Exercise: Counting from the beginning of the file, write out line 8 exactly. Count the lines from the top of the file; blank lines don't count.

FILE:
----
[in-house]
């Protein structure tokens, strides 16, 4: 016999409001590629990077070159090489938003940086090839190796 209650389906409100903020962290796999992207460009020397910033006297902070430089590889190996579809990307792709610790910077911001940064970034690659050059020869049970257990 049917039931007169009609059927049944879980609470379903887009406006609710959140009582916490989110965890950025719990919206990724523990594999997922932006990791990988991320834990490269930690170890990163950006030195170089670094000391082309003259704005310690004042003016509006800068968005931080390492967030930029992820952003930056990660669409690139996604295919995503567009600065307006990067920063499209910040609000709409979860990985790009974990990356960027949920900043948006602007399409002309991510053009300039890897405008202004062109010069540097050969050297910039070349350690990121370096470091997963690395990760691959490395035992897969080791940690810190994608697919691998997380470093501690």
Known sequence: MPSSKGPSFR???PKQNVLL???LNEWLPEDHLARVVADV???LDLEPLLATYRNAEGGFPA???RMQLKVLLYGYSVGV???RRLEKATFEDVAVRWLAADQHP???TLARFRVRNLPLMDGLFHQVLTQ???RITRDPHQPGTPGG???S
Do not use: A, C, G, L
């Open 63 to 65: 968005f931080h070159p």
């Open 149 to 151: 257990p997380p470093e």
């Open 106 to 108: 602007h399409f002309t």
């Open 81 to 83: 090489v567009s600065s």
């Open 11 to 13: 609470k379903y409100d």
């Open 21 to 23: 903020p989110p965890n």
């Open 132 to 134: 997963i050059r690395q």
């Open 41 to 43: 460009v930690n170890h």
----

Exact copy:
């Open 81 to 83: 090489v567009s600065s």